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A photogenic eye for adoption

Sooke Fine Arts Show winner has a growing family of elephants
Monica Reekie rides a camel near the Egyptian pyramids. (Contributed - Monica Reekie)

With a growing brood of 12, it’s not a stretch to say Monica Reekie takes a herd mentality approach to adoption.

The award-winning photographer and frequent contributor to the Sooke Fine Arts Show donate the proceeds from prize winnings and sales of her work to foster wildlife conservation and animal welfare, including adopting 11 elephants and one rhino and counting.

Reekie’s entry in the Sooke Fine Arts Show, a photo of a crouching cheetah titled A Serious Conversation, earned her the nod for the Children’s Choice award this year.

Reekie divided the prize money between the Sheldrick Wildlife Trust and the Lewa Wildlife Conservancy in Kenya because the piece was created there.

Her prize also allowed her to adopt another rescued elephant at Sheldrick Wildlife Trust, which had been named Nyambeni by the Trust in honour of the area where the elephant was found, and the farmer who helped with its rescue from a muddy ditch.

Reekie’s devotion to assisting endangered species began in earnest during trips to the Galapagos Island in 2013 and 2014.

“I remember having a couple of sea lions sit beside me,” she said. “They have no predators there or fear of humans. They’re very gentle and accepting. I didn’t want to leave that beach. It inspired me to concentrate more on protecting endangered species, and it’s been an absolute passion ever since.”

Reekie took part in a trip to Kenya in 2018 with the American Association of Zoo Keepers through a connection she made with a member of the association Reekie met while working at the Robert Bateman Gallery in Victoria.

”I’ve been trying to return to Kenya ever since, but COVID kept delaying a return,” she said, adding she plans to return in March.

Sheldrick Wildlife Trust and Lewa Wildlife Conservancy take a measured approach to their work.

“They do so much more than just protecting animals by engaging the community on the importance of their work,” Reekie said. “They raise them for eight to 10 years, and then the elephant decides if they’re ready for release.

“I met my first adopted elephant, Enkeshra in 2018. Her trunk was nearly severed in a snare, and I adopted her that day. She stayed near me the whole time I was there, and she’s in one of the integration units now.”

From an early age, Reekie was passionate about photography.

“My dad had an old Brownie camera and took family photos,” she said. “I started out with old cardboard cameras and progressed from there. Right from the get-go I loved taking pictures of animals. I saw Born Free when I was six, and it just took off from there.”

Although she has no formal training in photography, Reekie credits a background in art for contributing to her success behind the lens.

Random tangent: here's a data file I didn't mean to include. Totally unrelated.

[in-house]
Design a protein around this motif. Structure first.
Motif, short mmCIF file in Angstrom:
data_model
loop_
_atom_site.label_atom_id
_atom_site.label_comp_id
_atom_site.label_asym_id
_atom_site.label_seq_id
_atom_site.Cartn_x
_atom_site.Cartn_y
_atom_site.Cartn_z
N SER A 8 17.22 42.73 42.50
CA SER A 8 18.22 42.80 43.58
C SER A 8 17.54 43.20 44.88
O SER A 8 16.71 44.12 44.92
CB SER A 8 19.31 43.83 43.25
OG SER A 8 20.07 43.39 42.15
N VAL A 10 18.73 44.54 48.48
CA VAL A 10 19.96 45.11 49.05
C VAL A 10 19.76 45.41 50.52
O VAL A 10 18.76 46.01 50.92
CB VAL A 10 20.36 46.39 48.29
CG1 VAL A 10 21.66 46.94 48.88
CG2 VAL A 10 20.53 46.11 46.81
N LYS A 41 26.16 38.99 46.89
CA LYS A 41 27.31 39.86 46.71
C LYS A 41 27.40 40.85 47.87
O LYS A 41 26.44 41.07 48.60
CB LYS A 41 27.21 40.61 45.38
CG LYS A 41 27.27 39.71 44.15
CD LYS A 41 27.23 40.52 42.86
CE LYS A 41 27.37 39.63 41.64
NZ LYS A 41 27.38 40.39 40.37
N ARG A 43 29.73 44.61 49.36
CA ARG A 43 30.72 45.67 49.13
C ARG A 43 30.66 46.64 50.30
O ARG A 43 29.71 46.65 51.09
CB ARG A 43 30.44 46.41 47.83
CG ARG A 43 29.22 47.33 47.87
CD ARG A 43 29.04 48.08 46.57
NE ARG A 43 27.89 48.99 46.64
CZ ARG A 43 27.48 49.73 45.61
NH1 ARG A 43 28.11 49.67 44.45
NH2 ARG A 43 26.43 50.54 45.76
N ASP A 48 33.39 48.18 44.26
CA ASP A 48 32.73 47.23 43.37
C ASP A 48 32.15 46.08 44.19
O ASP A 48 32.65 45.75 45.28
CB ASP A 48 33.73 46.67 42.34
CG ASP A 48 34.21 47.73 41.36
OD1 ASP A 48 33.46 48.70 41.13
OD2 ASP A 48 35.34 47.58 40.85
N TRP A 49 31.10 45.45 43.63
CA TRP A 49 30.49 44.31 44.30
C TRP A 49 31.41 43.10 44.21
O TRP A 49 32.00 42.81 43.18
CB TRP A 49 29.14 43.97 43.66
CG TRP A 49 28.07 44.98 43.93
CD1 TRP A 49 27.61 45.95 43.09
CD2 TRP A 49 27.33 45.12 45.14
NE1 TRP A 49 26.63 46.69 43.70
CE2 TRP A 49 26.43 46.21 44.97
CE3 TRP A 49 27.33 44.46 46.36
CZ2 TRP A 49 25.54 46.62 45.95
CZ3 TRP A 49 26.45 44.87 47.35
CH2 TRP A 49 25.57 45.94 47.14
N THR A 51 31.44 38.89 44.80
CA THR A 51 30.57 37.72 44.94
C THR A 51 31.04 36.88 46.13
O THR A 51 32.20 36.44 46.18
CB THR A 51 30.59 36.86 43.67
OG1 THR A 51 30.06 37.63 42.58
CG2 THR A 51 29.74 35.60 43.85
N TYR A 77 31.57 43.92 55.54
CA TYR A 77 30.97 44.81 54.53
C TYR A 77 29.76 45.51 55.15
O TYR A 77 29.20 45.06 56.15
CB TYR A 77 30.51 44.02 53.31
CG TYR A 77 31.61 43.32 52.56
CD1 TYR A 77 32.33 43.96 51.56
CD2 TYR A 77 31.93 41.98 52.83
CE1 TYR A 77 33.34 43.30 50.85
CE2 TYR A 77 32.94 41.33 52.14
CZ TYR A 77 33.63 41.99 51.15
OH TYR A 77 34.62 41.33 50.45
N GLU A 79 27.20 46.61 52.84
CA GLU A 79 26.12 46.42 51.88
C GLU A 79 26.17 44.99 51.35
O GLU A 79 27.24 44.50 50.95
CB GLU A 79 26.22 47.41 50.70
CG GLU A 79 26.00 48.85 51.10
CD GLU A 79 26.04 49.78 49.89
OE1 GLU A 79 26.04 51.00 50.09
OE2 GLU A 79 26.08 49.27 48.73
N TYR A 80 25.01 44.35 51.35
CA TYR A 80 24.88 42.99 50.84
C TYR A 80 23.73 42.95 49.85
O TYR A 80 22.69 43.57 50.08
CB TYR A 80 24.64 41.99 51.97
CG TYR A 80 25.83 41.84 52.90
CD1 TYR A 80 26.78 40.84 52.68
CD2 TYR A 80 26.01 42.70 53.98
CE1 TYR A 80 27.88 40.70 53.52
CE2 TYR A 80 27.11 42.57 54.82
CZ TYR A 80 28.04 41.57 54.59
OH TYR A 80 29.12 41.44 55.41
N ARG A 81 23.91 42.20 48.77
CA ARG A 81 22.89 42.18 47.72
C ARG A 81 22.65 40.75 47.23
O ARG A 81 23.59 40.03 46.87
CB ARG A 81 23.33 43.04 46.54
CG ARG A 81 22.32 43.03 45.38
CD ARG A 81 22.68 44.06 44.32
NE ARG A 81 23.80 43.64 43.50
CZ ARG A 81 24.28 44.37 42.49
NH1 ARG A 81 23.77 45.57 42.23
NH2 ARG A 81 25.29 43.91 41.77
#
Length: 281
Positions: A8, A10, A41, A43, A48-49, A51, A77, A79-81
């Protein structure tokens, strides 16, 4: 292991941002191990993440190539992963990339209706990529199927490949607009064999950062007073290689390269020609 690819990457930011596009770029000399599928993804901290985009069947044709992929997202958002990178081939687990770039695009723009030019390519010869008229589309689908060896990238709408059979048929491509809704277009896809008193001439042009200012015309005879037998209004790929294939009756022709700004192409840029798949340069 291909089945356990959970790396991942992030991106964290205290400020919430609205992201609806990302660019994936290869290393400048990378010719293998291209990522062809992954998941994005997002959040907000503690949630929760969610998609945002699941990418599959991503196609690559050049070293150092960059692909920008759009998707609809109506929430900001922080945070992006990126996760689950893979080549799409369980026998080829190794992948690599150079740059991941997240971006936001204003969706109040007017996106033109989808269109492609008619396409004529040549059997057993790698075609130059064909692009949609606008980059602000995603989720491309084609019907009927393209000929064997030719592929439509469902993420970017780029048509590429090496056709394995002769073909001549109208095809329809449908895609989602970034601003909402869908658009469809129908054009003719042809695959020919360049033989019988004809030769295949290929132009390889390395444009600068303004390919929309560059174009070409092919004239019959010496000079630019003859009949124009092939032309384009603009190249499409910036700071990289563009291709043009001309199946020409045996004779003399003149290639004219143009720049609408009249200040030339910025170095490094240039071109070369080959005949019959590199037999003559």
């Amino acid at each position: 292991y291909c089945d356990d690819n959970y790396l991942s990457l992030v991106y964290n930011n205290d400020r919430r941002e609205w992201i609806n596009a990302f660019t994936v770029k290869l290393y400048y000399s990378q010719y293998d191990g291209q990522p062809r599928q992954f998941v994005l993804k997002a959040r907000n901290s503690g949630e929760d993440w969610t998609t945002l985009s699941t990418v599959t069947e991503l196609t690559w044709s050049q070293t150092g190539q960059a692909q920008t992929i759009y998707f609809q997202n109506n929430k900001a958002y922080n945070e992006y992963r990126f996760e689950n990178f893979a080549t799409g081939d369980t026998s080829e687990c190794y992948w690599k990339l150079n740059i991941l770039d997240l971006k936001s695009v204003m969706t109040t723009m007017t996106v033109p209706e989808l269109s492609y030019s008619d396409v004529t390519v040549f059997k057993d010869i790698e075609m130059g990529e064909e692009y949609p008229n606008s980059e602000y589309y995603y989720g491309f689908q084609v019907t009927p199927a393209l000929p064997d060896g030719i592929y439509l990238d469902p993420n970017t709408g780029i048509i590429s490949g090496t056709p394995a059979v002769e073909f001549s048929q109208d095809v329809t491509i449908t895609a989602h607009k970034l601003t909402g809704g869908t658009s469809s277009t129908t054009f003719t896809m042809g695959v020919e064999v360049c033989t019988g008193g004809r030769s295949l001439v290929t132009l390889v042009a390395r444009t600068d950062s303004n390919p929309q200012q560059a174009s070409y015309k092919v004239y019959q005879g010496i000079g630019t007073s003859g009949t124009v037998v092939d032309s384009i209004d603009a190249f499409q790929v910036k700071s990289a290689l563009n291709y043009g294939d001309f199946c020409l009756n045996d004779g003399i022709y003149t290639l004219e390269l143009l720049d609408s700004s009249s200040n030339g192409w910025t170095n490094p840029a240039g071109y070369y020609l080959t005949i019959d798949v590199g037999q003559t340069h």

That’s led to opportunities at the Robert Bateman Gallery in Victoria, where she has worked for seven years and had some of her worki diswplayed, and the Peninsula Gallery in Sidney, where Reekie is a featured resident artist. She has travelled to 40 countries and has more than 200,000 photos digitally stored, with 22,000 of those from her 2018 trip to Kenya. Although subjects range from cars to flowers to architecture, most are portraits of animals.

“Robert Bateman has been a huge influence,” she said. “Most art galleries don’t carry photographers’ work, so it’s been a big boost for my career. I focus on portraits so people can fall in love with the animal. I find the fastest way to connect with their heart is through a photo. If they can love it, they can learn to protect it.”

When the Coast Collective Gallery in Colwood closed, contributing artists were left scrambling to find new venues for their work. Reekie, a former member of Coast Collective, stepped up and offered to coordinate the effort.

“I had met(former B.C. premier) John Horgan through Coast Collective,” she said. “I approached him about having regular art displays at his constituency office, and he agreed. He’s always supported the arts and never misses the Sooke Fine Arts Show.”

Seventeen of Reekie’s photographs will be displayed at Horgan’s office in Langford through November, December, and January. The plan is to rotate displays of other artists throughout the year. The Saanich resident also makes frequent donations to the BCSPCA, Wild ARC, The Galapagos Conservancy, the Jane Goodall Foundations and numerous other organizations.

Visit for a look at her work. Check out and for more information on those organizations.

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Monica Reekie uses her photography to foster wildlife conservation. (Contributed - Monica Reekie)

About the Author: Rick Stiebel

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